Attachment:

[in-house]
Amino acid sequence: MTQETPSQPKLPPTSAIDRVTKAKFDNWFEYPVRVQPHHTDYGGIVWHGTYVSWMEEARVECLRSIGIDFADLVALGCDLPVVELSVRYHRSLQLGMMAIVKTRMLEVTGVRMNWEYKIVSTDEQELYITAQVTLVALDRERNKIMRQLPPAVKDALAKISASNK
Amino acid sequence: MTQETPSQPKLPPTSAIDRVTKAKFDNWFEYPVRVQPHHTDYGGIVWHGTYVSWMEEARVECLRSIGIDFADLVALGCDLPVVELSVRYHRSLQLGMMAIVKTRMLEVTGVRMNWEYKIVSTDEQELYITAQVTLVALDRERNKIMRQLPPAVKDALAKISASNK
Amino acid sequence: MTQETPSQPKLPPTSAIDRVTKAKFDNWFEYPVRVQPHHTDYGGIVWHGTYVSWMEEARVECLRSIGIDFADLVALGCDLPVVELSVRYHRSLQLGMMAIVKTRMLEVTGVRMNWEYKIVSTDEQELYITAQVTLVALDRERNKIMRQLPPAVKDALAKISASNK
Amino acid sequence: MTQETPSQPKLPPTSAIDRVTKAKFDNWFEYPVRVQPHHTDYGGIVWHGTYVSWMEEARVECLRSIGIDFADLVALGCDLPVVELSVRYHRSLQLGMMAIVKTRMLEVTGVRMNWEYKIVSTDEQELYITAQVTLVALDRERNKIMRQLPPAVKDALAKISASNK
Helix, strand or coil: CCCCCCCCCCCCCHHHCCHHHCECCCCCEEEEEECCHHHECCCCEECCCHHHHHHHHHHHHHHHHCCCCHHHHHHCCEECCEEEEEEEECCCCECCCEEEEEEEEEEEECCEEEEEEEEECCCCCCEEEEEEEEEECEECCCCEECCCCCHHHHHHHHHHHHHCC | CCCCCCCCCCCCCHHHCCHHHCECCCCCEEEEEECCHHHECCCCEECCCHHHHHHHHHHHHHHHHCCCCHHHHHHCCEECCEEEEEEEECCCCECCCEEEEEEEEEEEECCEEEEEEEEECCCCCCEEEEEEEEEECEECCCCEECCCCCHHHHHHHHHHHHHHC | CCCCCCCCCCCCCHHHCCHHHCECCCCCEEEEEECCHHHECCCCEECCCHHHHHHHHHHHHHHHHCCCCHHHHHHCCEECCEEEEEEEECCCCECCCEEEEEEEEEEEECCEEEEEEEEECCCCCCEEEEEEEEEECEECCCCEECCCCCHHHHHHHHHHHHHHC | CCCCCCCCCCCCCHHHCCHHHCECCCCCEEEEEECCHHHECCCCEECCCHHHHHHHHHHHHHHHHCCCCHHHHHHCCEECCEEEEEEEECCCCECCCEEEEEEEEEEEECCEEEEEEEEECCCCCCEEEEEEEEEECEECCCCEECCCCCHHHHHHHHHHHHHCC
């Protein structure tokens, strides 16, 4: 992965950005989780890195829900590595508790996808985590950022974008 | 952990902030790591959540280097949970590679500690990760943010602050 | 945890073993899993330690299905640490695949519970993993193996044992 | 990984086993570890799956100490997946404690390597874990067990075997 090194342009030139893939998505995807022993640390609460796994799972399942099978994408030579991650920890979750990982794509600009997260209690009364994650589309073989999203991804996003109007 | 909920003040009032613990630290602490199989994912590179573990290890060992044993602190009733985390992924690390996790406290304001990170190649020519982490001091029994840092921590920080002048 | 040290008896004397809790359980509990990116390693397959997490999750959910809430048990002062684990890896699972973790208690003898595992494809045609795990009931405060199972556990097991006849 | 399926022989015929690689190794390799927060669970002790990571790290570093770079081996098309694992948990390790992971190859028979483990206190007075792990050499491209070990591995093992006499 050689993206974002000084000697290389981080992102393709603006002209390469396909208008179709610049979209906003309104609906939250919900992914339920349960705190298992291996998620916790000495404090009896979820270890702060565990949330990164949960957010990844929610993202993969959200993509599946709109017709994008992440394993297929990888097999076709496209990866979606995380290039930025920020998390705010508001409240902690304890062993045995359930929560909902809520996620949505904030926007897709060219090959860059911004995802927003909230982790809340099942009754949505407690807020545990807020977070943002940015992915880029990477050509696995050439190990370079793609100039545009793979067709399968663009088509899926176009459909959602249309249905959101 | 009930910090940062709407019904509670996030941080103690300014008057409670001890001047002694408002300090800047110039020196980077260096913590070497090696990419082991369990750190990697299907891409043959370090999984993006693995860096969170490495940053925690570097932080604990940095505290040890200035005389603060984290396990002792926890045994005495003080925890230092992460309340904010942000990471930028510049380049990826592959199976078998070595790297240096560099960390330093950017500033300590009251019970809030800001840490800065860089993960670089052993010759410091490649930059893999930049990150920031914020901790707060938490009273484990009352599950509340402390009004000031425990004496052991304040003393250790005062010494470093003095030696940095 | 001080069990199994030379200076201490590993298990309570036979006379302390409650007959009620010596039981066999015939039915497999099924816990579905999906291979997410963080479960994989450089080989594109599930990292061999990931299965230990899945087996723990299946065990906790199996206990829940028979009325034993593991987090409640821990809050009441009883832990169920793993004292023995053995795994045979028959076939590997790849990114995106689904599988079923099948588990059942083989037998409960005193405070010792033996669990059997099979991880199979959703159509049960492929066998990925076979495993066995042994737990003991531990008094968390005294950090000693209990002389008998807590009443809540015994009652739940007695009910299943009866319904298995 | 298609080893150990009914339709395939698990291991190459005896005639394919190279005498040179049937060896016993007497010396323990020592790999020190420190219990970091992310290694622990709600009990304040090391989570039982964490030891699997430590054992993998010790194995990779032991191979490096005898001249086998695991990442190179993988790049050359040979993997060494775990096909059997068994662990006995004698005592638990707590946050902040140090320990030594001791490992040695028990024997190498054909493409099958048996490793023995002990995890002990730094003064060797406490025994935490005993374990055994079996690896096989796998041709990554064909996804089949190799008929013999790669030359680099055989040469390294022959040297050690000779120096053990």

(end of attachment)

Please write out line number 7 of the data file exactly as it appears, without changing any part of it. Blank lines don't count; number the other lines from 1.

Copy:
């Protein structure tokens, strides 16, 4: 992965950005989780890195829900590595508790996808985590950022974008 | 952990902030790591959540280097949970590679500690990760943010602050 | 945890073993899993330690299905640490695949519970993993193996044992 | 990984086993570890799956100490997946404690390597874990067990075997 090194342009030139893939998505995807022993640390609460796994799972399942099978994408030579991650920890979750990982794509600009997260209690009364994650589309073989999203991804996003109007 | 909920003040009032613990630290602490199989994912590179573990290890060992044993602190009733985390992924690390996790406290304001990170190649020519982490001091029994840092921590920080002048 | 040290008896004397809790359980509990990116390693397959997490999750959910809430048990002062684990890896699972973790208690003898595992494809045609795990009931405060199972556990097991006849 | 399926022989015929690689190794390799927060669970002790990571790290570093770079081996098309694992948990390790992971190859028979483990206190007075792990050499491209070990591995093992006499 050689993206974002000084000697290389981080992102393709603006002209390469396909208008179709610049979209906003309104609906939250919900992914339920349960705190298992291996998620916790000495404090009896979820270890702060565990949330990164949960957010990844929610993202993969959200993509599946709109017709994008992440394993297929990888097999076709496209990866979606995380290039930025920020998390705010508001409240902690304890062993045995359930929560909902809520996620949505904030926007897709060219090959860059911004995802927003909230982790809340099942009754949505407690807020545990807020977070943002940015992915880029990477050509696995050439190990370079793609100039545009793979067709399968663009088509899926176009459909959602249309249905959101 | 009930910090940062709407019904509670996030941080103690300014008057409670001890001047002694408002300090800047110039020196980077260096913590070497090696990419082991369990750190990697299907891409043959370090999984993006693995860096969170490495940053925690570097932080604990940095505290040890200035005389603060984290396990002792926890045994005495003080925890230092992460309340904010942000990471930028510049380049990826592959199976078998070595790297240096560099960390330093950017500033300590009251019970809030800001840490800065860089993960670089052993010759410091490649930059893999930049990150920031914020901790707060938490009273484990009352599950509340402390009004000031425990004496052991304040003393250790005062010494470093003095030696940095 | 001080069990199994030379200076201490590993298990309570036979006379302390409650007959009620010596039981066999015939039915497999099924816990579905999906291979997410963080479960994989450089080989594109599930990292061999990931299965230990899945087996723990299946065990906790199996206990829940028979009325034993593991987090409640821990809050009441009883832990169920793993004292023995053995795994045979028959076939590997790849990114995106689904599988079923099948588990059942083989037998409960005193405070010792033996669990059997099979991880199979959703159509049960492929066998990925076979495993066995042994737990003991531990008094968390005294950090000693209990002389008998807590009443809540015994009652739940007695009910299943009866319904298995 | 298609080893150990009914339709395939698990291991190459005896005639394919190279005498040179049937060896016993007497010396323990020592790999020190420190219990970091992310290694622990709600009990304040090391989570039982964490030891699997430590054992993998010790194995990779032991191979490096005898001249086998695991990442190179993988790049050359040979993997060494775990096909059997068994662990006995004698005592638990707590946050902040140090320990030594001791490992040695028990024997190498054909493409099958048996490793023995002990995890002990730094003064060797406490025994935490005993374990055994079996690896096989796998041709990554064909996804089949190799008929013999790669030359680099055989040469390294022959040297050690000779120096053990």